Relae restaurant in Copenhagen made a splash around the world when it opened. Every single person on the team, headed by owner and founding chef Christian Puglisi, came from uber-famous Noma, where René Redzepi has run hard with his Michelin stars and all manner of world’s best restaurant accolades. Puglisi decided it was time for a new kind of gastronomy, in which the food would be fantastic, but the environment more modest, the accoutrements of three-star dining put aside to focus on warm service and only the best of organic foods. Jonathan Tam was named executive chef at Relae just over a year ago, as Puglisi decided to spend more time overseeing his now-five restaurants, and a fully operational farm, which will ultimately supply the establishments with virtually everything they need.
Tam was in Vancouver to do a collaborative dinner with his old friend and former colleague at Noma, David Gunawan, at Farmer’s Apprentice. Just before a staff meeting, Tam sat down for a few minutes to talk about his rise in the culinary world—though he would never likely characterize it that way—and what the experience at Relae has been like. “The idea from the start was to cut everything to the bone, and focus strictly on the food and service,” he says. “We all loved Noma, an amazing place. But what Christian really wanted was to make a restaurant experience that was not event dining, and not a massive expense—and still make the food memorable.”
There are many innovations at Relae, all for the purposes of keeping the focus on food. Cutlery and napkins are placed in small drawers under the tables, for each individual diner to access on his own. “It was all about admitting there were limits to our resources,” says Tam. “If we had two servers on, instead of eight—which we could not afford—then we had to be creative, and build systems that would work for the resources we had.” Relae was among the very first offspring of the famous Noma, and as such drew a lot of international attention, as well as local patrons. “The message to guests is: ‘We take this very seriously. We are open, honest, and honour the ingredients we find.’” For his part, Gunawan says, “What I love about Relae is they are unapologetic about what they do. They have an identity, and they stick with it. And there is a great spontaneity about the cooking.”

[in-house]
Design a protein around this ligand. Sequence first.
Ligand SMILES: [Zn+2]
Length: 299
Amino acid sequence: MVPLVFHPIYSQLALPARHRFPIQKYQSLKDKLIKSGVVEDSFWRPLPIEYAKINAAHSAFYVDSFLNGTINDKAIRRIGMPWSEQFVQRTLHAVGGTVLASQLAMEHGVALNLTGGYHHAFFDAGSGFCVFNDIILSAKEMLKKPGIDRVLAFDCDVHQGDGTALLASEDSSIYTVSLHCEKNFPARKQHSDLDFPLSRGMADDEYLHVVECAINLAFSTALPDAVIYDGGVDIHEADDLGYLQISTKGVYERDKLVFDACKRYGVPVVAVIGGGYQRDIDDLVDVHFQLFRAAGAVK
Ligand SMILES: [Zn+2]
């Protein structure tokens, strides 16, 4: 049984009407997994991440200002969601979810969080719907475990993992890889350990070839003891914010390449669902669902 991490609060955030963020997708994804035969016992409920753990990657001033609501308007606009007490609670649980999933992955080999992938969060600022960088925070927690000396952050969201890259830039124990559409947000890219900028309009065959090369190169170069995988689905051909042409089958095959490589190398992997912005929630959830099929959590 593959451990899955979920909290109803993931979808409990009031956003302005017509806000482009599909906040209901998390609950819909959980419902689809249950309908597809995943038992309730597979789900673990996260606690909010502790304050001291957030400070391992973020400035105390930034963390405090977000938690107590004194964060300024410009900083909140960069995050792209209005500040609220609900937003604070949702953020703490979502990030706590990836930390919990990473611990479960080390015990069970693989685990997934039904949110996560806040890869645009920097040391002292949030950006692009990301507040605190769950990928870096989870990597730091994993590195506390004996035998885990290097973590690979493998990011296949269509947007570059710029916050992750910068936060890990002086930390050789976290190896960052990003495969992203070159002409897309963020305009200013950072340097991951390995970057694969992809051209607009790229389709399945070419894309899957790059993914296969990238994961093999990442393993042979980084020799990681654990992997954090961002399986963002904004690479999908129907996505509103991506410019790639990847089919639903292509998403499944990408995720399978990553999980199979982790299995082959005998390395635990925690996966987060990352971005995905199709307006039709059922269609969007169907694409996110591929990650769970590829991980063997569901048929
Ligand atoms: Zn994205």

That freedom partially comes from the fact that, as Tam puts it, “we send three chefs out to the farm, an hour outside the city centre, to harvest things from seven until about two. They come back, and our challenge then is to create a menu, to find ways to use all of those freshly harvested things.” So, the spontaneity is basically built right into the system.
Tam’s elevation to executive chef was “a natural, smooth transition,” he says. “Christian is an amazing mentor, and this is part of that. He’s entrusted me with the kitchen, but I’ve been involved in creating menus from day one. His spirit of collaboration has been a driving force for us.” Teamwork was on full display at Farmer’s Apprentice, where, post-service, Tam says, “we really didn’t complete the final touches on the menu until about 4:30.” Rather than have each chef “do their own thing and then alternate,” Tam and Gunawan worked together on each dish until they were happy with the result. Crab, peas, and shiso; zucchini (green and yellow) and seaweed broth; new potato with brown cheese and hazelnuts; lamb with greens, padron peppers, and string beans—it all came together beautifully.
The journey from Tam’s native Edmonton was supposed to take him to several great kitchens in Europe, but he loved Noma, and became chef de partie, staying much longer than planned. His move with Puglisi to Relae was a natural step, and as executive chef, “my name is now connected to the restaurant, so people know who to come to if they are not happy.” He smiles at this touch of self-deprecation, as well he might, since the resounding success of Relae, including its truly inspirational cookbook, indicates the unhappy ones are rare as a free-range hen’s teeth.